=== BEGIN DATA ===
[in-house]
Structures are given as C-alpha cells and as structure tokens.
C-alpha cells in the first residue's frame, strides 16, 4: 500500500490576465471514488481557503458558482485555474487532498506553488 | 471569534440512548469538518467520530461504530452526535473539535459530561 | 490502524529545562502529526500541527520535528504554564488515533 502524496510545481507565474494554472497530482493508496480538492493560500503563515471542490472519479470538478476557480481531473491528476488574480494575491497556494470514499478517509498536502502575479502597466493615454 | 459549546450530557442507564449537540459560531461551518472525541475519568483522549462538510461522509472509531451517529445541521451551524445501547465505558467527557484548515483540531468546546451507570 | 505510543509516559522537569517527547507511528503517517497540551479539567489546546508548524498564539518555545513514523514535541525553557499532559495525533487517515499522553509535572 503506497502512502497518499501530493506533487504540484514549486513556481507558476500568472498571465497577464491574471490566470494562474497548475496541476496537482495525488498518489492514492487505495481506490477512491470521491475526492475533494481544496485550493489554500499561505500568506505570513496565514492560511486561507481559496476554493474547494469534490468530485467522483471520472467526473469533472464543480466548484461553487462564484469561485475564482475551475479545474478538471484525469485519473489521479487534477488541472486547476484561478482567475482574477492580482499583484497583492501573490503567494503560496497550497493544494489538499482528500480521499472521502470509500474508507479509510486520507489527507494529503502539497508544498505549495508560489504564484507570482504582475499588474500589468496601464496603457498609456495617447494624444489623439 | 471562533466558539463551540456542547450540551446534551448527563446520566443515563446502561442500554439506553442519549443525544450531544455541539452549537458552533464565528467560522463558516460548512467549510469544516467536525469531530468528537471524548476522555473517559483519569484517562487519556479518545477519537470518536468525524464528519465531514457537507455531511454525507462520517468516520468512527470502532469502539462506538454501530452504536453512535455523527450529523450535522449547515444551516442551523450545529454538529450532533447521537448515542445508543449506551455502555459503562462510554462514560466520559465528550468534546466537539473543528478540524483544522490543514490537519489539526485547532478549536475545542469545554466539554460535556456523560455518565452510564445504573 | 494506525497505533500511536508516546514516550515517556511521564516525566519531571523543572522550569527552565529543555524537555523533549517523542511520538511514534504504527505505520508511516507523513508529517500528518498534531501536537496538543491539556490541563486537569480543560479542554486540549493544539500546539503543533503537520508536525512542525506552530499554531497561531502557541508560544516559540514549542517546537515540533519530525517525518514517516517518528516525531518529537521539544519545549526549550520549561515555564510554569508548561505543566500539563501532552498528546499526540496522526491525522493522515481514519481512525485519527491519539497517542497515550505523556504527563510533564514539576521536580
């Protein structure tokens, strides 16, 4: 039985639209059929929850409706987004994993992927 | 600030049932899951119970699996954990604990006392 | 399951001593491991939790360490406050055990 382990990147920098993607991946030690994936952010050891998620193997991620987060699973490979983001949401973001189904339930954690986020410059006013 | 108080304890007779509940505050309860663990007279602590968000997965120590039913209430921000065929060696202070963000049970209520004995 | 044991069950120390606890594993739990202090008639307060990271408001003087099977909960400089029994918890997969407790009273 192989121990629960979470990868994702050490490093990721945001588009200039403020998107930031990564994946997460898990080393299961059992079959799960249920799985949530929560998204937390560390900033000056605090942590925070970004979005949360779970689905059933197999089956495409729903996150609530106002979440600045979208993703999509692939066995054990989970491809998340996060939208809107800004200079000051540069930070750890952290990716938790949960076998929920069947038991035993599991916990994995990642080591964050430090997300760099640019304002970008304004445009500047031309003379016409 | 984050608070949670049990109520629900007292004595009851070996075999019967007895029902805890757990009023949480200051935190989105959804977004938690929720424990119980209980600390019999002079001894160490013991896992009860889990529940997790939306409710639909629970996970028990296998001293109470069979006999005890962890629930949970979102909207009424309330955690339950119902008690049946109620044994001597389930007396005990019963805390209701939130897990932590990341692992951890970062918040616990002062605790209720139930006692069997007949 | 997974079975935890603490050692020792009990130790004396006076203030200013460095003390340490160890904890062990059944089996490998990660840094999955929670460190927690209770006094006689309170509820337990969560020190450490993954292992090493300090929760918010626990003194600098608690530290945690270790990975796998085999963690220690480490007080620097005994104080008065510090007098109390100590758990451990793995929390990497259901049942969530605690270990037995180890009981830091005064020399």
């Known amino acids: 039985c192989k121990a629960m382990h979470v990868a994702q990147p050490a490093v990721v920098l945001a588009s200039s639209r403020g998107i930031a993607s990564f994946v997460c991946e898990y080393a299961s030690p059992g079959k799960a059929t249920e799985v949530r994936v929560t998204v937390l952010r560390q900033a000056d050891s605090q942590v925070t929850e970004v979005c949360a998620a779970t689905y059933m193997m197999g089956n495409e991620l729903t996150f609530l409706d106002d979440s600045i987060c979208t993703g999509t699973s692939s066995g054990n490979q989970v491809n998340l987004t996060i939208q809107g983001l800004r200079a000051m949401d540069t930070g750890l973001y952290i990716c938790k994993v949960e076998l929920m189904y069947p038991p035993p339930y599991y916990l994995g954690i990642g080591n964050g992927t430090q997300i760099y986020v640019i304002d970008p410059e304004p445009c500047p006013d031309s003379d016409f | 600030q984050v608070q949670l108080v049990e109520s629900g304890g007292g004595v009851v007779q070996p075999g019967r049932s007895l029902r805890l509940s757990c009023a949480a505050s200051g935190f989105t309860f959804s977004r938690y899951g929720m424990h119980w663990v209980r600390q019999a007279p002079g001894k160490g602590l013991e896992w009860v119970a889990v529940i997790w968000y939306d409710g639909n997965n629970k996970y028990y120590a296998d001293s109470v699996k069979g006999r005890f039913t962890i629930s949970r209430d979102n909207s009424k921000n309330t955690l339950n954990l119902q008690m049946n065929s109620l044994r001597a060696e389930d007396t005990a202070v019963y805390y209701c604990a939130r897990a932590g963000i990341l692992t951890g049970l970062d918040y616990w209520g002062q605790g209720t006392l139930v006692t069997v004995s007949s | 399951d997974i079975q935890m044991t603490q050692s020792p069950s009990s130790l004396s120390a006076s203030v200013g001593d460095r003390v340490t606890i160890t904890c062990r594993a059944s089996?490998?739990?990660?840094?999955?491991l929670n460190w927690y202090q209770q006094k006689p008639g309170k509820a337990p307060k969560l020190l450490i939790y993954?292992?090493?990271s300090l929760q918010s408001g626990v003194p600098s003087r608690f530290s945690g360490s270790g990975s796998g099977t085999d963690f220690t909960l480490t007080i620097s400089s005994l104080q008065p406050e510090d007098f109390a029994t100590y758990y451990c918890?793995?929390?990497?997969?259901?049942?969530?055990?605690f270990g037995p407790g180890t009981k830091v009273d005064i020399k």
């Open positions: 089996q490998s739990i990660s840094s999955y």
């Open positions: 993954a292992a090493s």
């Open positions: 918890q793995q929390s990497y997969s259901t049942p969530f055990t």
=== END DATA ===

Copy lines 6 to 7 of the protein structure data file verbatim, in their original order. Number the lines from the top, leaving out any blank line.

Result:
């Open positions: 089996q490998s739990i990660s840094s999955y």
């Open positions: 993954a292992a090493s």